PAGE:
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Archive for Saturday, February 23, 2002

Displays energize KU event

February 23, 2002

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Thirty-five pounds was what it took to turn Joe Bell's pasta bridge into a macaroni massacre.

But the Lawrence High School senior was pleased with his team's performance in the design competition, which was part of the Kansas University Engineering Expo on Friday.

"We didn't really have a design," Bell said. "We just stuck a bunch of lasagna together with Elmer's Glue."

This year's expo, organized by the Engineering Student Council, was the largest in the event's history. About 800 middle and high school students registered to compete in events that required they design and build chemical-powered cars or rubber-band-propelled airplanes. Organizers estimated another 1,200 people visited the event.

"The overall goal is to get the word of engineering out in the community," said Jennifer Gunby, a civil engineering major and the event's chairwoman. "Once we tell them how great engineering is, we think KU is one of the best places around to study."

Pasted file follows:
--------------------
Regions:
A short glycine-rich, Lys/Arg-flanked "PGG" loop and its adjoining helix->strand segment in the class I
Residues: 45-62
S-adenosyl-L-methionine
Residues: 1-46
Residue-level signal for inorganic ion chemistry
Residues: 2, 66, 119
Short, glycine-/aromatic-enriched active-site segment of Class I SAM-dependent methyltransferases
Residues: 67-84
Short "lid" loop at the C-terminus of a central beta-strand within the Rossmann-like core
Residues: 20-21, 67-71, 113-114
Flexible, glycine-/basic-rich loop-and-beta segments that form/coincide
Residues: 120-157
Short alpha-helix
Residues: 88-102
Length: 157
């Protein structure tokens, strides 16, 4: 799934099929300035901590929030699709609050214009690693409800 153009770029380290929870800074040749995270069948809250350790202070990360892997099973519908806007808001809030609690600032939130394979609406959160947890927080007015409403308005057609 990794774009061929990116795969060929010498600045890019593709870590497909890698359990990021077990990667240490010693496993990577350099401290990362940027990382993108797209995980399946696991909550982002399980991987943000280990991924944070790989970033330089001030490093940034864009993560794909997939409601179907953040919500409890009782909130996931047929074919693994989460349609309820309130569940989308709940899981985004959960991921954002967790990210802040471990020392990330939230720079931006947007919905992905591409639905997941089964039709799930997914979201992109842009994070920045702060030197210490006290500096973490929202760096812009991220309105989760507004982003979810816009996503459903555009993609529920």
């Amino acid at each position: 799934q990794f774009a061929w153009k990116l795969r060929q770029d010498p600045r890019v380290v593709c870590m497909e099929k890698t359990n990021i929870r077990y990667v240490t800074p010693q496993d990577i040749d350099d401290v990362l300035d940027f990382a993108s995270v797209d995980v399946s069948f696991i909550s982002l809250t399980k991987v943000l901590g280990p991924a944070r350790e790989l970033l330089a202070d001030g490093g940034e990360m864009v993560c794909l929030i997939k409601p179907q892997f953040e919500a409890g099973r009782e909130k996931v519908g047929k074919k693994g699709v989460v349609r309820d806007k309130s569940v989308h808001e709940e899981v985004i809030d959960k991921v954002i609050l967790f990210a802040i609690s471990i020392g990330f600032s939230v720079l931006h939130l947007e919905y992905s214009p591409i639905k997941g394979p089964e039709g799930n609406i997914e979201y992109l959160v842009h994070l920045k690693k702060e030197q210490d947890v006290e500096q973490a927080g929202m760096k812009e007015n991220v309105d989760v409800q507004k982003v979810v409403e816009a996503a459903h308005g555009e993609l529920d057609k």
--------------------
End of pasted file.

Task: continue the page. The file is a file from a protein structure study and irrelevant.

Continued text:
Displays and demonstrations throughout Learned Hall explained engineering principles. KU students showed off their race car and concrete canoe and taught visitors about such topics as sound waves and computer networking.

The morning's keynote speaker was retired Rear Adm. Gene Kendall, a 1971 School of Engineering graduate who helped establish KU's minority engineering programs in the late 1960s and early 1970s.

One new event tested the power of duct tape. Students demonstrated their design skills by duct-taping a friend to a brick wall. They had four minutes for taping before the chair was kicked out from under the taped participant.

A group of eighth-graders from Shawnee Heights Middle School in Topeka recorded the day's best result  they taped Kyle Rocha to the wall for 2 minutes and 44 seconds.

"We watched these older kids do it, and they did it really well, but he was too heavy," Paul Spacek said.

"We pretty much glued (Rocha) to the wall," David Beaver said.

And what did the competition teach them about engineering?

"You can use duct tape for anything," Michael Voss said.

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